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Will Executed Under Intimidation

A will is the most common and one of the most important types of estate planning documents. With a will you can state clearly what you would like to happen with your property once you pass away. It is a legally enforceable document. Under the supervision of the probate court, your executor has the duty and legal obligation to follow the terms of your will. However, if there is evidence that the will does not actually reflect the wishes of the testator, then the court will step in and invalidate the will. The court will not probate a will that is not valid. One reason that a will would be invalid is if the testator executed it because someone was intimidating him (or her). If you are concerned about a will executed under intimidation, contact an experienced Chicago will contest lawyer to discuss options for filing a will contest. We have the knowledge and resources to help protect your legal rights.

Will Executed Under Intimidation

Will executed under intimidation involves someone forcing another person to make a will that he would not have otherwise made. Intimidation can take a number of forms. For example, if a testator is dependent on a caretaker for food, and the caretaker withholds food from the testator in order to force the testator to make a will that was favorable to the caretaker, then that would be a form of intimidation. A will made under those circumstances would not be valid because it would be a will executed under intimidation.

Another form of intimidation would be physical force, or the threat of physical force. The physical force or threat of physical force does not necessarily have to be against the testator. If someone threatened a relative or close friend of the testator in order to get the testator to change his will, that would be a form of intimidation that would make any will executed under those conditions invalid.

Legal Standing to Contest a Will

Illinois has strict rules related to who has a legal right to contest a will. Just because someone feels that a will is unfair or that intimidation was used, does not mean that the person has a legal right to petition the court to investigate the circumstances surrounding the executing of that will. Under Illinois law only beneficiaries and heirs have that legal right, because beneficiaries and heirs have immediate, direct, financial interests in the will.

A beneficiary would be anyone who the testator named in the will as receiving part of his estate. While in most cases beneficiaries are relatives, beneficiaries can also be friends, employees, or entities such as a charitable organization or an educational organization. An heir would be a relative that would have the legal right under the laws of intestate succession to receive a distribution from the testator‘s estate if there was no will at all.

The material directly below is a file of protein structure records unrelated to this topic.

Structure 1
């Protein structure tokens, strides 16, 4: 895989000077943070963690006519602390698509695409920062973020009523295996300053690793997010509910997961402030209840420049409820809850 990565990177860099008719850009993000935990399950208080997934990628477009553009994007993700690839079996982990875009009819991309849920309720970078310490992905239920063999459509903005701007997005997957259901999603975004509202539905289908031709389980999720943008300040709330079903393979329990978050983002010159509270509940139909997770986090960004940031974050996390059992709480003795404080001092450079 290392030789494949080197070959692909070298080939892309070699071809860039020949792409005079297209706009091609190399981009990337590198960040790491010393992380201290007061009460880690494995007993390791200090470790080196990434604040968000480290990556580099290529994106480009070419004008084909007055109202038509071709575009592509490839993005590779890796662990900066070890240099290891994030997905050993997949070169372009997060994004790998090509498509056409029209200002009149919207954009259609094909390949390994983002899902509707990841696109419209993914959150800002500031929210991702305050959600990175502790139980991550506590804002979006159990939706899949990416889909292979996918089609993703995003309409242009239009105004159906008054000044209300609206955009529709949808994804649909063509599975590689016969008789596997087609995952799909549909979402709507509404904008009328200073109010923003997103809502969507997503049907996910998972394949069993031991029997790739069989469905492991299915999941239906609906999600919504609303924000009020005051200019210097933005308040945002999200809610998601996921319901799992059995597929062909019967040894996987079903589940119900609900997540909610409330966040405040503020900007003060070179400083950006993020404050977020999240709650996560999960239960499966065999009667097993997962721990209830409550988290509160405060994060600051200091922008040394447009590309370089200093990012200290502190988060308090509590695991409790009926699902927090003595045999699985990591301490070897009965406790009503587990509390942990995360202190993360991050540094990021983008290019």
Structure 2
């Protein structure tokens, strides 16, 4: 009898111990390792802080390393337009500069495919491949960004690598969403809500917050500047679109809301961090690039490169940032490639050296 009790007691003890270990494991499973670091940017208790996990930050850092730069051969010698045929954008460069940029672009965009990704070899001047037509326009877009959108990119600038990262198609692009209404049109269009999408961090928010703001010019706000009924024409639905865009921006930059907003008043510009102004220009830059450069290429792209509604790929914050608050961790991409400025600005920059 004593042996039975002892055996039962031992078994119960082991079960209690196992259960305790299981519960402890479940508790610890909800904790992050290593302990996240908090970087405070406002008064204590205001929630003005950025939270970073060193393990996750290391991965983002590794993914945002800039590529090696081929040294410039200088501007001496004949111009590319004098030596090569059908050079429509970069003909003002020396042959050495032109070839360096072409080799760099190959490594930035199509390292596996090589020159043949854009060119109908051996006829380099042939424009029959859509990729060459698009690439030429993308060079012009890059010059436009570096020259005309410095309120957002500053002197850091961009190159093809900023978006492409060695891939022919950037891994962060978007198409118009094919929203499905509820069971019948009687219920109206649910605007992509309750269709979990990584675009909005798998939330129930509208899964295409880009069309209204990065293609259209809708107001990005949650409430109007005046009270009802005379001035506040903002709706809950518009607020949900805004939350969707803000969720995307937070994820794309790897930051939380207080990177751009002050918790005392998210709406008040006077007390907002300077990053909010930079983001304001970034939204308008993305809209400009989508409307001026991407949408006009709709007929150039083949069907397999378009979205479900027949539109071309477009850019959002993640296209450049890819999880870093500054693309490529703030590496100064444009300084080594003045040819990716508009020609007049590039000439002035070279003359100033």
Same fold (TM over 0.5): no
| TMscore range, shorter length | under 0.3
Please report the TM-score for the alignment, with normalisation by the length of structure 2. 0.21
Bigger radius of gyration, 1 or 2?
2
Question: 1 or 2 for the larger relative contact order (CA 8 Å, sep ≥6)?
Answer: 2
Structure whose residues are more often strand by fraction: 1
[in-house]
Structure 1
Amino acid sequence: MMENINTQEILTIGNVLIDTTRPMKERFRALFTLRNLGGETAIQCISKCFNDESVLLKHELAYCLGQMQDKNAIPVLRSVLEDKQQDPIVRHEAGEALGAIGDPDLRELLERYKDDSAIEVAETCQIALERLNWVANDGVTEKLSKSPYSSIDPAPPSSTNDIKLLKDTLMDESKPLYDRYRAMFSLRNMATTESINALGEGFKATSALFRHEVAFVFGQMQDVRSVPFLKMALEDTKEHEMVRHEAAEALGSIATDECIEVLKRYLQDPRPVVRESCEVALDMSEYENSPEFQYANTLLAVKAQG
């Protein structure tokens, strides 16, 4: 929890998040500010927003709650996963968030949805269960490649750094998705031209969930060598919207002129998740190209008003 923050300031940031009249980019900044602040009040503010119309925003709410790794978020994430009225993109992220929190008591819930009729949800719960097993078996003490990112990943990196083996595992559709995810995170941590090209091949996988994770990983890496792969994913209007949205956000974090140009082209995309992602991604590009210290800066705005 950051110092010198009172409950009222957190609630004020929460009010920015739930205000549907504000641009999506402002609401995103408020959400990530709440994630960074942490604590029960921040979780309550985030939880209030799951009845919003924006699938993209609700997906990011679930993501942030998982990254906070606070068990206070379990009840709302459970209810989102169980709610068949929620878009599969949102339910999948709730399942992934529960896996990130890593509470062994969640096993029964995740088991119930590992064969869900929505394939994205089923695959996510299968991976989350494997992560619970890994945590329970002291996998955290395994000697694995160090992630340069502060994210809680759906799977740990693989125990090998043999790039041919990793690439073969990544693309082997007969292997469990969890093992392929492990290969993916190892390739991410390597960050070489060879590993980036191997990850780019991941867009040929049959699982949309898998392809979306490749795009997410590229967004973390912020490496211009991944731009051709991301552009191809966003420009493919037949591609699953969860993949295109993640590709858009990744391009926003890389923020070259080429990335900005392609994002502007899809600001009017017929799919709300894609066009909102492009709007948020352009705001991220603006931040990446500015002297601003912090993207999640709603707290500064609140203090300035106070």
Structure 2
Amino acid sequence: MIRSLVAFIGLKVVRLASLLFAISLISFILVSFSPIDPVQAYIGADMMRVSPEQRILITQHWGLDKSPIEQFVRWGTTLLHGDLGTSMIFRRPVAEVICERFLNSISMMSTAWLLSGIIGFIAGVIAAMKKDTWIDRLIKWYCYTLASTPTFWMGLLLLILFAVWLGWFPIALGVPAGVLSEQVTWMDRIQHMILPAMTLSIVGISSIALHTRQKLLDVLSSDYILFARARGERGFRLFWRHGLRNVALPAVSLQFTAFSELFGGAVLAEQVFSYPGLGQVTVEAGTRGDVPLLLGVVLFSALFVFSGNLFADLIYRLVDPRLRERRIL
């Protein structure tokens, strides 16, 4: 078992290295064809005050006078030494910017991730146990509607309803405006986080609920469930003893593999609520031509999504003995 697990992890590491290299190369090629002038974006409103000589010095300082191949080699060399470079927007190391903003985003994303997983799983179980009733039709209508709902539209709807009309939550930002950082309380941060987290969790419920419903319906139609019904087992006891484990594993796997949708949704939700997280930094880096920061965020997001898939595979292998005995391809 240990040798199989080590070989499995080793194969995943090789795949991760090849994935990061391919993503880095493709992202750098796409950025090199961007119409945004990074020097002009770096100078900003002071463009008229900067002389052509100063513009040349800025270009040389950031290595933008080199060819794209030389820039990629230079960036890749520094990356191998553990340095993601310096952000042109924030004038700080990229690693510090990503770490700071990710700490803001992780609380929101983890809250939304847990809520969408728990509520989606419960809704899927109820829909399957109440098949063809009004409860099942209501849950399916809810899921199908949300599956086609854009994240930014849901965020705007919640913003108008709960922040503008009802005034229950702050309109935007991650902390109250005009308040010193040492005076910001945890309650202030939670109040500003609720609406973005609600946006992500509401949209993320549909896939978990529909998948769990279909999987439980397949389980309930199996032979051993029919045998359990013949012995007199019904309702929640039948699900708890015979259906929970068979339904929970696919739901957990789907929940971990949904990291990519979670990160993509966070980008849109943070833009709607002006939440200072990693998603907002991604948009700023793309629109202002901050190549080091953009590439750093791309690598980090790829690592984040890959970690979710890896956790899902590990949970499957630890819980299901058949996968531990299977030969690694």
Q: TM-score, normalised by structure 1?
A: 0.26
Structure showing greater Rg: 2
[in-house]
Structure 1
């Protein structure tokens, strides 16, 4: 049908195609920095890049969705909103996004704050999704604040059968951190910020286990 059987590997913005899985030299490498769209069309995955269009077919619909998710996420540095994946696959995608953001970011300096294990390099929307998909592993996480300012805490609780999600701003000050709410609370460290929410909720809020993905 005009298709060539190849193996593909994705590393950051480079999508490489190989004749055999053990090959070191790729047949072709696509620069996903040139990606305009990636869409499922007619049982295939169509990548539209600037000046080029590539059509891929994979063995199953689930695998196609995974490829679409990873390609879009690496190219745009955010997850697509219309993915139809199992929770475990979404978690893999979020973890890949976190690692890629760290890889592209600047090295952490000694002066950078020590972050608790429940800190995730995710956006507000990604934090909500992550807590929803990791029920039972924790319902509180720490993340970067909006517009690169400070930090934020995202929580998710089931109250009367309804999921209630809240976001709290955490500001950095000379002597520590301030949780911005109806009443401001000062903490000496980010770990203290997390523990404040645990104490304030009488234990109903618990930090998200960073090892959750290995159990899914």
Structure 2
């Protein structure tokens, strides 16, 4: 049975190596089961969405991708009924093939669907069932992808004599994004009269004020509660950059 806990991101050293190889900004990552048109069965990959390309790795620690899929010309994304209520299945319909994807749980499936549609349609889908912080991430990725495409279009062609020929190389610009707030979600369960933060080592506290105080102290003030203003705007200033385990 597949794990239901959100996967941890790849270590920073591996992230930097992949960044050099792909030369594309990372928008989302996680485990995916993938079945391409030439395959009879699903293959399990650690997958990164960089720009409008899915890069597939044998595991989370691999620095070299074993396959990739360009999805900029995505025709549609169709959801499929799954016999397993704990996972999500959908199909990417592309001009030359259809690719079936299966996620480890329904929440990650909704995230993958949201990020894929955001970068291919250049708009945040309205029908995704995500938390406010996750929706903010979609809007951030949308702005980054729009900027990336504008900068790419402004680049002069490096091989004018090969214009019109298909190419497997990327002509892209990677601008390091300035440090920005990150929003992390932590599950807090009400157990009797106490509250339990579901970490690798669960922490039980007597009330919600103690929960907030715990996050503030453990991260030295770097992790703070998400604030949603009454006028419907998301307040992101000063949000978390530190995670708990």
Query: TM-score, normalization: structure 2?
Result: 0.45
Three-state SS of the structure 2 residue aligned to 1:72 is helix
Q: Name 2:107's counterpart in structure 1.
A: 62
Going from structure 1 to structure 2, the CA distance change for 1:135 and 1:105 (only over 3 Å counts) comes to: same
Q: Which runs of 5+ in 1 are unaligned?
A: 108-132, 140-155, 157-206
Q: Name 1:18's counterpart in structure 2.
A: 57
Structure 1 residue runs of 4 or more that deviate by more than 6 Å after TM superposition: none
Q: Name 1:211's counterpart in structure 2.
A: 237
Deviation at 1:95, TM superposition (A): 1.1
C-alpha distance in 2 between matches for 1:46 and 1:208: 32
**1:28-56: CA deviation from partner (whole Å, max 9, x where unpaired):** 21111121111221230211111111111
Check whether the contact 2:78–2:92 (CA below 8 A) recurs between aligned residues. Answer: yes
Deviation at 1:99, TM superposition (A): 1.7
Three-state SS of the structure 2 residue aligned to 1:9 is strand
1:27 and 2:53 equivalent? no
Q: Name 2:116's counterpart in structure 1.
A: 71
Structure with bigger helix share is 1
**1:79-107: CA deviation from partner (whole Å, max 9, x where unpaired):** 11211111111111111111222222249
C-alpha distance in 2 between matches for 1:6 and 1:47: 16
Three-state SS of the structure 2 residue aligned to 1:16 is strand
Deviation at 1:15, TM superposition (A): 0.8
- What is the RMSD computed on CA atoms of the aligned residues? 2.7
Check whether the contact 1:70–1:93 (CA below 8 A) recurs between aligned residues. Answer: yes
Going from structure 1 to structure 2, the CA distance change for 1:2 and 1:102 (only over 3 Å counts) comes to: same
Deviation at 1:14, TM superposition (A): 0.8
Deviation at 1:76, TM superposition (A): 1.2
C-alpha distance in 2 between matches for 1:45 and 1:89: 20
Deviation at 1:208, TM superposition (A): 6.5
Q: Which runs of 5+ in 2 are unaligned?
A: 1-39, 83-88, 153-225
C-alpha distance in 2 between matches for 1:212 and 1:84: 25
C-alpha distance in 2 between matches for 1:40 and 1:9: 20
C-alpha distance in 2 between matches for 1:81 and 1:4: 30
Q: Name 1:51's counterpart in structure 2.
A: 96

Challenging a will based on an allegation of intimidation is not easy. Not only must you be an interested party such as a beneficiary or an heir, you must also have evidence to support your claim. Contact a Chicago will contest lawyer to discuss your concerns and to help you proceed with the case.

Consequences of Successful Challenge

If an interested party petitions the court arguing that the will was executed while the testator was under duress due to intimidation, and there is sufficient evidence to prove the claim, the judge would have no choice but to declare that the will is invalid. The court will not probate an invalid will. After invalidating the will, the court has two options. The first option is that the court will probate a prior will. If there was a prior will that is in fact valid, then the court will probate that will. This is a desired result because the prior will likely reflects the true wishes of the testator because it would have been executed without the presence of intimidation.

The second option will be used if there is no prior will. As a will contest attorney in Chicago will explain, the court would have no choice but to proceed as if the testator died without leaving a will. This means that the court would have to distribute the assets of the estate based on the rules of intestate succession. This means that the assets would go to the testator’s surviving spouse, if any. If the testator left a spouse and children, then the estate would be split with the surviving spouse getting 50% of the estate and the children dividing the remaining 50% of the estate. If there are children but no spouse, then the children would divide the entire estate. If there are no children and no spouse, then the estate will be divided among other blood relative according to an order of priority stated in the statute.

Contact the Law Offices of Stephen Bilkis & Associates

If you are an interested party, and you believe that the will of a loved one is invalid due to intimidation, contact a will contest attorney serving Chicago at the Law Offices of Stephen Bilkis & Associates. We have the skill and resources to ensure that your legal rights are protected. Contact us at 855-454-5529 to schedule a free, no obligation consultation regarding your case. We serve individuals throughout Chicago.

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